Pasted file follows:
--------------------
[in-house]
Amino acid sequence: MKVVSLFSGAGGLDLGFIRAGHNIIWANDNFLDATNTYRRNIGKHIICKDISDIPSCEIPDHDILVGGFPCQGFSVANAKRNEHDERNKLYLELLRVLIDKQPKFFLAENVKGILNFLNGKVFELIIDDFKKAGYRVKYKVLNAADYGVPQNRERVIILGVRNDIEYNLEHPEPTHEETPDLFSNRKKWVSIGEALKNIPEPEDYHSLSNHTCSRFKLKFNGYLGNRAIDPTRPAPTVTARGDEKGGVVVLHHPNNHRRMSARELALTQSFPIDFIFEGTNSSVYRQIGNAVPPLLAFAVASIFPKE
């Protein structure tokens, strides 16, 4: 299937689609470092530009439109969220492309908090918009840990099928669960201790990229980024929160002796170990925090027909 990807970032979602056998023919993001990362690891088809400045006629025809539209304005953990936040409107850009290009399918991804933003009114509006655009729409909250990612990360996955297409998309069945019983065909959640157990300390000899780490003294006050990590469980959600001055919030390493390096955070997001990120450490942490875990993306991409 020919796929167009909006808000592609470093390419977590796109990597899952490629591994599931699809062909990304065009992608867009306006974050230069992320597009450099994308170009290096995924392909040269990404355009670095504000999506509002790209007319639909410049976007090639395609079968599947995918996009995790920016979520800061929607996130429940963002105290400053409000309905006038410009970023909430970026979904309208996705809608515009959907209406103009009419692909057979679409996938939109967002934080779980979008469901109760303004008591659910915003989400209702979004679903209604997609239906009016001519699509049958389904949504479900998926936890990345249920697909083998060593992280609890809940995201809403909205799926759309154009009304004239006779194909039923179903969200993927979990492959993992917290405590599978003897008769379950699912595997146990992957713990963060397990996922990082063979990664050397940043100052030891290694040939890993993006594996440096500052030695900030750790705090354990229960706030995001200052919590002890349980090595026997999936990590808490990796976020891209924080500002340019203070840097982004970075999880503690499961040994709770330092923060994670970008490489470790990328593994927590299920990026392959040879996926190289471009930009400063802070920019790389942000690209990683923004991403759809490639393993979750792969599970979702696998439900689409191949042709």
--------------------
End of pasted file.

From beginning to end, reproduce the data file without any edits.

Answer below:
[in-house]
Amino acid sequence: MKVVSLFSGAGGLDLGFIRAGHNIIWANDNFLDATNTYRRNIGKHIICKDISDIPSCEIPDHDILVGGFPCQGFSVANAKRNEHDERNKLYLELLRVLIDKQPKFFLAENVKGILNFLNGKVFELIIDDFKKAGYRVKYKVLNAADYGVPQNRERVIILGVRNDIEYNLEHPEPTHEETPDLFSNRKKWVSIGEALKNIPEPEDYHSLSNHTCSRFKLKFNGYLGNRAIDPTRPAPTVTARGDEKGGVVVLHHPNNHRRMSARELALTQSFPIDFIFEGTNSSVYRQIGNAVPPLLAFAVASIFPKE
């Protein structure tokens, strides 16, 4: 299937689609470092530009439109969220492309908090918009840990099928669960201790990229980024929160002796170990925090027909 990807970032979602056998023919993001990362690891088809400045006629025809539209304005953990936040409107850009290009399918991804933003009114509006655009729409909250990612990360996955297409998309069945019983065909959640157990300390000899780490003294006050990590469980959600001055919030390493390096955070997001990120450490942490875990993306991409 020919796929167009909006808000592609470093390419977590796109990597899952490629591994599931699809062909990304065009992608867009306006974050230069992320597009450099994308170009290096995924392909040269990404355009670095504000999506509002790209007319639909410049976007090639395609079968599947995918996009995790920016979520800061929607996130429940963002105290400053409000309905006038410009970023909430970026979904309208996705809608515009959907209406103009009419692909057979679409996938939109967002934080779980979008469901109760303004008591659910915003989400209702979004679903209604997609239906009016001519699509049958389904949504479900998926936890990345249920697909083998060593992280609890809940995201809403909205799926759309154009009304004239006779194909039923179903969200993927979990492959993992917290405590599978003897008769379950699912595997146990992957713990963060397990996922990082063979990664050397940043100052030891290694040939890993993006594996440096500052030695900030750790705090354990229960706030995001200052919590002890349980090595026997999936990590808490990796976020891209924080500002340019203070840097982004970075999880503690499961040994709770330092923060994670970008490489470790990328593994927590299920990026392959040879996926190289471009930009400063802070920019790389942000690209990683923004991403759809490639393993979750792969599970979702696998439900689409191949042709």